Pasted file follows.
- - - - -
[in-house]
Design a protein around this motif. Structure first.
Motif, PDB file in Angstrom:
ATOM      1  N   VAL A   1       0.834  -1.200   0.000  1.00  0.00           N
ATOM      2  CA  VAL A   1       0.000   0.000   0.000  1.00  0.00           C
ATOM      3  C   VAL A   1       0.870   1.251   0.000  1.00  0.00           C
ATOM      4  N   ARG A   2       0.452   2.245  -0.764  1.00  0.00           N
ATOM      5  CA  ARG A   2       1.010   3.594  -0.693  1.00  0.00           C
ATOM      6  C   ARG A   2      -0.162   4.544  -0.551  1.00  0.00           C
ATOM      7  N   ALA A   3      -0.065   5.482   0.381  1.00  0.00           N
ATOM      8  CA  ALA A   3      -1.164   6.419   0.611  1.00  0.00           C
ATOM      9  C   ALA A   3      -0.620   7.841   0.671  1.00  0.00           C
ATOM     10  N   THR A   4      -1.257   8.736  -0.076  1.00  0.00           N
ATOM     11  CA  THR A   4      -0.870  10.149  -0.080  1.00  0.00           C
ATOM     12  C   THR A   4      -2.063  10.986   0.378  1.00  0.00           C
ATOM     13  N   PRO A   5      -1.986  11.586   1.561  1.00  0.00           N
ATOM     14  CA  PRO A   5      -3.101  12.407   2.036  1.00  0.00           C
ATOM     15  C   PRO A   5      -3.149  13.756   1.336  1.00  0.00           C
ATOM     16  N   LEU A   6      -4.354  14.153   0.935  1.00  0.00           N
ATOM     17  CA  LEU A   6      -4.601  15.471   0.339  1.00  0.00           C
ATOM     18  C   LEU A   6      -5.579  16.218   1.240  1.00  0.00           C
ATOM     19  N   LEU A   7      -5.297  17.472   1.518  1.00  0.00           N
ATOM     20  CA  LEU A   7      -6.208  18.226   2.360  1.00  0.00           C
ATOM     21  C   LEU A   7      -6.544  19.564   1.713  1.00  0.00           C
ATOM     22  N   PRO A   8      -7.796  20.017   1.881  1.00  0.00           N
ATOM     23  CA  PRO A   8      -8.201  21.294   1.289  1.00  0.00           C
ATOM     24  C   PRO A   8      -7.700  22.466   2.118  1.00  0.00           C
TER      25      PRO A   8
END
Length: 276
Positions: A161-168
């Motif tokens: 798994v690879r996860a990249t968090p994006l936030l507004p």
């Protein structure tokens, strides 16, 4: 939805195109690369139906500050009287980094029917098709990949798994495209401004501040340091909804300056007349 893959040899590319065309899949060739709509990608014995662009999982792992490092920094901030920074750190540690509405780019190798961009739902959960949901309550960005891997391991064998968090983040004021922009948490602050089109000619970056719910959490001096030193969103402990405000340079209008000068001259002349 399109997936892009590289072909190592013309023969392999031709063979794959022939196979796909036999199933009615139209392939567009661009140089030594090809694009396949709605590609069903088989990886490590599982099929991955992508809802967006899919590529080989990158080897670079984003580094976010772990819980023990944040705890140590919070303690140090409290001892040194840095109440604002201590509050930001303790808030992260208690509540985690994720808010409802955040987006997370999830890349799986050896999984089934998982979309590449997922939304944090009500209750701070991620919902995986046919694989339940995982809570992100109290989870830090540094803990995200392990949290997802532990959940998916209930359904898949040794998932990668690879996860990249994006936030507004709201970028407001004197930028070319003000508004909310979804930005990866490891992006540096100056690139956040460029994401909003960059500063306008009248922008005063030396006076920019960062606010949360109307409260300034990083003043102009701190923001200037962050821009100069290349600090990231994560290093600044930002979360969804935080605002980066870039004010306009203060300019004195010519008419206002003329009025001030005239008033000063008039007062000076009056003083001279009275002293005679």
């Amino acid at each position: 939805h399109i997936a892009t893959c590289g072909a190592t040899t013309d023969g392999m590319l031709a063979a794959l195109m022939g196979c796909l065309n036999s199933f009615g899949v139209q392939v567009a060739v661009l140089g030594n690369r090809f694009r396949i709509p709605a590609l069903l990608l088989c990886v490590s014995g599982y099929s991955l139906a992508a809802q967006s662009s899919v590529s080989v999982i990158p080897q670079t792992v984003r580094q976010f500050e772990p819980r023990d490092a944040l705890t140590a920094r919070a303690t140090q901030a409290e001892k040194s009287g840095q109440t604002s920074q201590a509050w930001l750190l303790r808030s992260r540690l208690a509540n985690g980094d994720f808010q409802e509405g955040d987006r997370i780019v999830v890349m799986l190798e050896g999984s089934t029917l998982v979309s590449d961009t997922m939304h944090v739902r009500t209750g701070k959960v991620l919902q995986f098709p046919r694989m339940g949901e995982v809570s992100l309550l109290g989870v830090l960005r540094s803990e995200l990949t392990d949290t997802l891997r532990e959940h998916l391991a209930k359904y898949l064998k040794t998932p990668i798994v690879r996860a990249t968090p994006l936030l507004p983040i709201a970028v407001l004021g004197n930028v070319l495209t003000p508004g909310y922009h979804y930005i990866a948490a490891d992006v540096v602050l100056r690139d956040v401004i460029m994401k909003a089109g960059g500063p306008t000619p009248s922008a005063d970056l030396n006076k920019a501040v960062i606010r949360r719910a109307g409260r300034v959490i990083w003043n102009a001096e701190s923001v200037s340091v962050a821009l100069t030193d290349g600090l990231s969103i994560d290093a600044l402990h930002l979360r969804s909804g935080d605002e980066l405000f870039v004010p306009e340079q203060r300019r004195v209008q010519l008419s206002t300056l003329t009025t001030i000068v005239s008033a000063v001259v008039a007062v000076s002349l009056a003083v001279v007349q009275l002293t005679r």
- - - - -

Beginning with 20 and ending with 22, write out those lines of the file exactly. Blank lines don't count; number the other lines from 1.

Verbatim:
ATOM     17  CA  LEU A   6      -4.601  15.471   0.339  1.00  0.00           C
ATOM     18  C   LEU A   6      -5.579  16.218   1.240  1.00  0.00           C
ATOM     19  N   LEU A   7      -5.297  17.472   1.518  1.00  0.00           N